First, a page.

Pregnancy and birth

I’m pregnant

It is amazing to know that I’m pregnant, although I’m still struggling to accept it. When the nurse rang me with the results of my pregnancy blood test last week I cried down the phone – I’d honestly resigned myself to never hearing those words.

My pregnancy has been the result of our third IUI cycle. I’d found the whole process increasingly traumatic with each cycle, so we’d decided that we’d take a break from fertility treatment if things hadn’t worked this time. Although I realise that IUI is fairly non-invasive compared with IVF, the procedure was physically painful and I really had to steel myself to go back the second or third time.

To increase our chances of success I’d made a few lifestyle changes. I’ve pretty much avoided alcohol since New Year’s Eve – I’ve had a few drinks during the Wellington Sevens weekend in early February, a couple of glasses of champagne at our anniversary dinner in March, and a couple of glasses of wine when the first IUI didn’t work. To be honest, I don’t miss alcohol at all. Sugar was more difficult to give up (according to Zita West, too much sugar in your diet makes your blood sugar levels fluctuate, which can affect ovulation) – I wasn’t entirely successful, although I did cut down quite substantially. I also gave up caffeine, switching to decaffeinated tea and avoiding all chocolate (which made Easter a bit of a non-starter). I switched to full-fat milk after reading that this simple change can significantly increase female fertility. And my lovely husband and I have been popping Menevit and Elevit like they’re going out of fashion. I feel like I’ve taken so many pre-pregancy vitamins in the last few years that I should rattle when I walk.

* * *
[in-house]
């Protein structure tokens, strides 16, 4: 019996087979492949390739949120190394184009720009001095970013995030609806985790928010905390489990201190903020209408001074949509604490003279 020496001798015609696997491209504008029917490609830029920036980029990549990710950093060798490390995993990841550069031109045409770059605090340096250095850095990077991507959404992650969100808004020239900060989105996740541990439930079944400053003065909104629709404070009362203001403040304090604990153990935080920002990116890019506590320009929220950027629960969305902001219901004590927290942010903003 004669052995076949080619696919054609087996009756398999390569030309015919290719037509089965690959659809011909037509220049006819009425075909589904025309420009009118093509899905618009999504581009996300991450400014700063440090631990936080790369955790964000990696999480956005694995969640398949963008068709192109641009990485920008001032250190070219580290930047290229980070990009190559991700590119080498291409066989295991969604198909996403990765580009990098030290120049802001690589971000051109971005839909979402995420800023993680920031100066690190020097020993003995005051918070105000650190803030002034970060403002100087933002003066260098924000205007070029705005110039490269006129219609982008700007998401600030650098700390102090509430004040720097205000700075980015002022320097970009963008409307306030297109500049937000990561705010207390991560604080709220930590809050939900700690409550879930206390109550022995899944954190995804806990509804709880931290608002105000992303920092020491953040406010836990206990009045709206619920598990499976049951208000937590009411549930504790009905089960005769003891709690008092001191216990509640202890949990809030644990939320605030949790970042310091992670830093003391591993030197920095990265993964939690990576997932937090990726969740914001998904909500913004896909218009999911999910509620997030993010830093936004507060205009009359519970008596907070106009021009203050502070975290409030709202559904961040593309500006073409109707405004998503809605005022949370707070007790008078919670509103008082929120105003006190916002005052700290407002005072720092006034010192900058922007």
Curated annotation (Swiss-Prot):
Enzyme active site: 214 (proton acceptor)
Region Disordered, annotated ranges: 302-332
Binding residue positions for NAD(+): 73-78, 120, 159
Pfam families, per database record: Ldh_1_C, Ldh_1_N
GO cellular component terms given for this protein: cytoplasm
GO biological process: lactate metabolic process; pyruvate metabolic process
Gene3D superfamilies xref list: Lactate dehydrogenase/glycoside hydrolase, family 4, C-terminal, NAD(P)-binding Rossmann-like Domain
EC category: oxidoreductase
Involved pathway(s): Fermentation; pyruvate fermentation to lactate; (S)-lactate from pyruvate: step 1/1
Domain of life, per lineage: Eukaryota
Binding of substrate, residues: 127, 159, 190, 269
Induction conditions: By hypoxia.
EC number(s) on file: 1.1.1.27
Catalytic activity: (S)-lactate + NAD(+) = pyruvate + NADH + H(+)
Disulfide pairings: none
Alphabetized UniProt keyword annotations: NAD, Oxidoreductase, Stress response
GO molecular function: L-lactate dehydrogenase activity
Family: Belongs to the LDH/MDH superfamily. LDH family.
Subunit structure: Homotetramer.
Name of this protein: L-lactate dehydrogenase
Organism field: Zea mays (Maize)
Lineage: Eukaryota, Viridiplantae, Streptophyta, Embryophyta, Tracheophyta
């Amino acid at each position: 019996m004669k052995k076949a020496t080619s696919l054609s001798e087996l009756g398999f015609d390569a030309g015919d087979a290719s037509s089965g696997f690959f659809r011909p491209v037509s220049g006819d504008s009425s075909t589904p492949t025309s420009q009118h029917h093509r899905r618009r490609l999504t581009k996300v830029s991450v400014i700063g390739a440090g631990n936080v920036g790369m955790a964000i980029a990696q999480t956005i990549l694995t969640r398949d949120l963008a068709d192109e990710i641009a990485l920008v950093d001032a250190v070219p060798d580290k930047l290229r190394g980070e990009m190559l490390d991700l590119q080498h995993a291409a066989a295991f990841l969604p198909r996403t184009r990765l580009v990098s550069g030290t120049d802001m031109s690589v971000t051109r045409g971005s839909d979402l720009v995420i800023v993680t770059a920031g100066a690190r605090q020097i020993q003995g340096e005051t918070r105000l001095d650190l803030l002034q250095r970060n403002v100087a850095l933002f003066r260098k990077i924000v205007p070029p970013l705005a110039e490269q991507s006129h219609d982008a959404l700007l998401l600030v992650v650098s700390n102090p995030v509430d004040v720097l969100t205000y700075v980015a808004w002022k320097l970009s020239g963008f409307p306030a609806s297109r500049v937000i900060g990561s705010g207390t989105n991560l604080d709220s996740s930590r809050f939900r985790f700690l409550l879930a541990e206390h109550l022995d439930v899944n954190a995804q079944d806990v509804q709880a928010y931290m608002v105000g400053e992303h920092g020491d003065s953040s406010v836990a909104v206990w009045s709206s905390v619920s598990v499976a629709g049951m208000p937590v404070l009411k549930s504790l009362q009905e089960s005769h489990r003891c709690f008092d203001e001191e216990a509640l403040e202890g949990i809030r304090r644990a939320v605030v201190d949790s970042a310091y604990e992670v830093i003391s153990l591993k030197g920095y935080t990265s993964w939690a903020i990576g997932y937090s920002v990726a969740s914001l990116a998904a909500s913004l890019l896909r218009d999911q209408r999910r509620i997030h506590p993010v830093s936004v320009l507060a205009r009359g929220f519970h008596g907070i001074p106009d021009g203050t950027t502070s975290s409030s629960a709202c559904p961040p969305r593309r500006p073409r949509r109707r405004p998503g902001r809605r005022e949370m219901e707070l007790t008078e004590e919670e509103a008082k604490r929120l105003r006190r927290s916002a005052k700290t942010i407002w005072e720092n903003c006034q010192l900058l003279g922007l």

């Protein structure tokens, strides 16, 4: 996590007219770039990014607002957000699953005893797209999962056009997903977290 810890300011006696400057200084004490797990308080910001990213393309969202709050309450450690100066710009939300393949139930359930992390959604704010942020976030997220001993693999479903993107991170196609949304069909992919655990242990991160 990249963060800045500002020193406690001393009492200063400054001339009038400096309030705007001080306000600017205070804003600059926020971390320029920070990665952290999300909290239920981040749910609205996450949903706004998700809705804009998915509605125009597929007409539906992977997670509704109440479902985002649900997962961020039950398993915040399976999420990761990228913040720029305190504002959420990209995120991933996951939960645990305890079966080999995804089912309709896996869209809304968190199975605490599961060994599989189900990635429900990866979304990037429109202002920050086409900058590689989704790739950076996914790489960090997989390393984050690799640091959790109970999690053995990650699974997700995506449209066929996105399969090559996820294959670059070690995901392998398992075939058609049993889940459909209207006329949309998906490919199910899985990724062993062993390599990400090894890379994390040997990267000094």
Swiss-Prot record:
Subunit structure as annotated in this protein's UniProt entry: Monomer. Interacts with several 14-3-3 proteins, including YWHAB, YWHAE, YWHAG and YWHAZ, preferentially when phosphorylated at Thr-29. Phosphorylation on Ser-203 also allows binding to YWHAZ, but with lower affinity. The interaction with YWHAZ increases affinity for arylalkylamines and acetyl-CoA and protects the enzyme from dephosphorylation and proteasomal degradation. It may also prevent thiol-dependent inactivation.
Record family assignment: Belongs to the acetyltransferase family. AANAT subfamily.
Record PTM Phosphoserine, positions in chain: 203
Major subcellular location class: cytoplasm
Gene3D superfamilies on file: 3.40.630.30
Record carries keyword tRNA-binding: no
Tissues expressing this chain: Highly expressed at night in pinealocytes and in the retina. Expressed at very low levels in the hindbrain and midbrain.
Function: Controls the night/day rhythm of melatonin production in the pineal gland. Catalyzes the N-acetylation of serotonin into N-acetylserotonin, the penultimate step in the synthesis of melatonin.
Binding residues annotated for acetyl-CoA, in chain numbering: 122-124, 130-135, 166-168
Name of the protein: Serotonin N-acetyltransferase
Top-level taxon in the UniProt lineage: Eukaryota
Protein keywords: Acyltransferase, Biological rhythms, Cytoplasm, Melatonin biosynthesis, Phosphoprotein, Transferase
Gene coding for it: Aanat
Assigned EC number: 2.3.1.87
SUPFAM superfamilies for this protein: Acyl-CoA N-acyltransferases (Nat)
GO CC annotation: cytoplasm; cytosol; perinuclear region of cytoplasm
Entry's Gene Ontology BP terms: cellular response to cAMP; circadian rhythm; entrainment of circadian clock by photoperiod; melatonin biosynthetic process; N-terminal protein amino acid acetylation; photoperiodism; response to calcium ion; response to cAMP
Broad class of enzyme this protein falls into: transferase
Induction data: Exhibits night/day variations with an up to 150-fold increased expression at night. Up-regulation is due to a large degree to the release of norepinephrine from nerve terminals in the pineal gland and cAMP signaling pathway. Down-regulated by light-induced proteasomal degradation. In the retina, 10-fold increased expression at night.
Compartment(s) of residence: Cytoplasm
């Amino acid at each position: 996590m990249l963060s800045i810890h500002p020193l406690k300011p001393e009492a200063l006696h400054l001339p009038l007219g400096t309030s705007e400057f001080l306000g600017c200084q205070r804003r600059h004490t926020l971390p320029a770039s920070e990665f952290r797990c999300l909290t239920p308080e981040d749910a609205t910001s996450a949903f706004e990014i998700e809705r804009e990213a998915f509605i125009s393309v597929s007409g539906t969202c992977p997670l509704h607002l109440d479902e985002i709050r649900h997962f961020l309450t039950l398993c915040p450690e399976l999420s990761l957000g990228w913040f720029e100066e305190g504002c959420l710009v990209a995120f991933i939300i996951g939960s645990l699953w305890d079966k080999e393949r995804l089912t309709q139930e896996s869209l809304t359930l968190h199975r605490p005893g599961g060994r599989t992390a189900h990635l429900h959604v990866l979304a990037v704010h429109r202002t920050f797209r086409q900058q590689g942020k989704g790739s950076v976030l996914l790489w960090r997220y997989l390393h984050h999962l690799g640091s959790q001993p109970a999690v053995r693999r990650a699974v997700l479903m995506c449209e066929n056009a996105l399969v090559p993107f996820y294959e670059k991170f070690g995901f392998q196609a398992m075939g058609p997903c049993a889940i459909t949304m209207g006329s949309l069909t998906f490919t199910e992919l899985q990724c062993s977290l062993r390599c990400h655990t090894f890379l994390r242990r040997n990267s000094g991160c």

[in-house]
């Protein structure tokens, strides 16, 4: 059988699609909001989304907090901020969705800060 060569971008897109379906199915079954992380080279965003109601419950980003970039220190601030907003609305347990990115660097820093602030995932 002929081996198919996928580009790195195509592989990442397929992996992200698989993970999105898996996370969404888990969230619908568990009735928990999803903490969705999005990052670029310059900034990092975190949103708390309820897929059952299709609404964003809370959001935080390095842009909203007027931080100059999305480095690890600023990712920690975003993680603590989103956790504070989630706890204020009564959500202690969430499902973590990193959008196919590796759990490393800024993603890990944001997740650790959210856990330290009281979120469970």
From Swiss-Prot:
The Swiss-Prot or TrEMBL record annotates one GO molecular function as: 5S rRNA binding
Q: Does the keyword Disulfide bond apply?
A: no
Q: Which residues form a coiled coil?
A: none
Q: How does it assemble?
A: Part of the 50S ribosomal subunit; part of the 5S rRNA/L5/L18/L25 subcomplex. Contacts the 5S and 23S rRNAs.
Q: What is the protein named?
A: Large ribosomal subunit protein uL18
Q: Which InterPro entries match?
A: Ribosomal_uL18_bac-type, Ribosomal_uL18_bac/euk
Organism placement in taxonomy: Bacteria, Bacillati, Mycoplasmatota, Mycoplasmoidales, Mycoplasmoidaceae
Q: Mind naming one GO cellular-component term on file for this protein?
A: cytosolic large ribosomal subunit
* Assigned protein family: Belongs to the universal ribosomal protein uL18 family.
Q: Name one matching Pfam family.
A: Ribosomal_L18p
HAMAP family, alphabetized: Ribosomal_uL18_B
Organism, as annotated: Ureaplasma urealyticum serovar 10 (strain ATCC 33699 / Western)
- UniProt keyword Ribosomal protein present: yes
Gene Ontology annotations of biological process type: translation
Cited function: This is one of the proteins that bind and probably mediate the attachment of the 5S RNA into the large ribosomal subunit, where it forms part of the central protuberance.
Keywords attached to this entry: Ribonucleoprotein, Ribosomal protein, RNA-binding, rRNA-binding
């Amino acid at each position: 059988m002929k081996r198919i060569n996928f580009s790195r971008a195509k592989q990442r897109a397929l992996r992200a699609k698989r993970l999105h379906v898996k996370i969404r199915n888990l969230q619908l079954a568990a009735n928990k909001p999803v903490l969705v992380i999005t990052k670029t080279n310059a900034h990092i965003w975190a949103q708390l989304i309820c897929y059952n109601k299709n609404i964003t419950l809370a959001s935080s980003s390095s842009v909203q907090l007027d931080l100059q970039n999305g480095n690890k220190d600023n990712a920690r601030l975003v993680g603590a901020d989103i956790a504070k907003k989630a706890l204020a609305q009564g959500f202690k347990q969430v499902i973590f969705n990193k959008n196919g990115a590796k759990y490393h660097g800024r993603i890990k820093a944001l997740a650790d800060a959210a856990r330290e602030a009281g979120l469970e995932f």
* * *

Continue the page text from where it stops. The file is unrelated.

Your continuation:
The other thing I did in this third cycle was to have regular acupuncture sessions. I went to Vitalis, who has become pretty well known in Auckland for his ability to support fertility with acupuncture. I filled in a huge questionnaire that asked the kind of intimate questions that don’t usually come up with total strangers, and then I had sessions at least once a week. Depending upon the stage of my cycle, the needles were there mainly to support fertility (ovulation, etc), or to help with my stress levels, or both. I have definitely become an acupuncture believer, and was converted even before my pregnancy was confirmed: the difference to my general mood after a relaxation session is astonishing.

Throughout all three cycles of IUI I also took clomiphene, which encourages ovulation. I don’t know if it was the combined force of the clomiphene and the acupuncture, but in my third cycle I seemed to go into ovulation overdrive, producing three eggs and being left with oestrogen coursing through my veins at a rate not previously measured (the nurse said that my levels in my second cycle were 1,200, compared with 4,000 for my third cycle).

The whole third cycle felt different, in both good and bad ways. I was hugely emotional, and as somebody who doesn’t typically suffer from PMS this was really weird. My low point was probably when I burst into tears after watching this Glee performance on Youtube. I know – nothing sad about that at all, right? It’s mystifying that I was so affected by it. (And oh my GOD I just remembered to add in the link, and watched the video again – and nearly burst into tears again! And I don’t even know the back story about why Santana was all alone, since I haven’t watched Glee since the first season! Is it Rachel’s dodgy mustard-coloured beret that’s causing my emotional outburst?)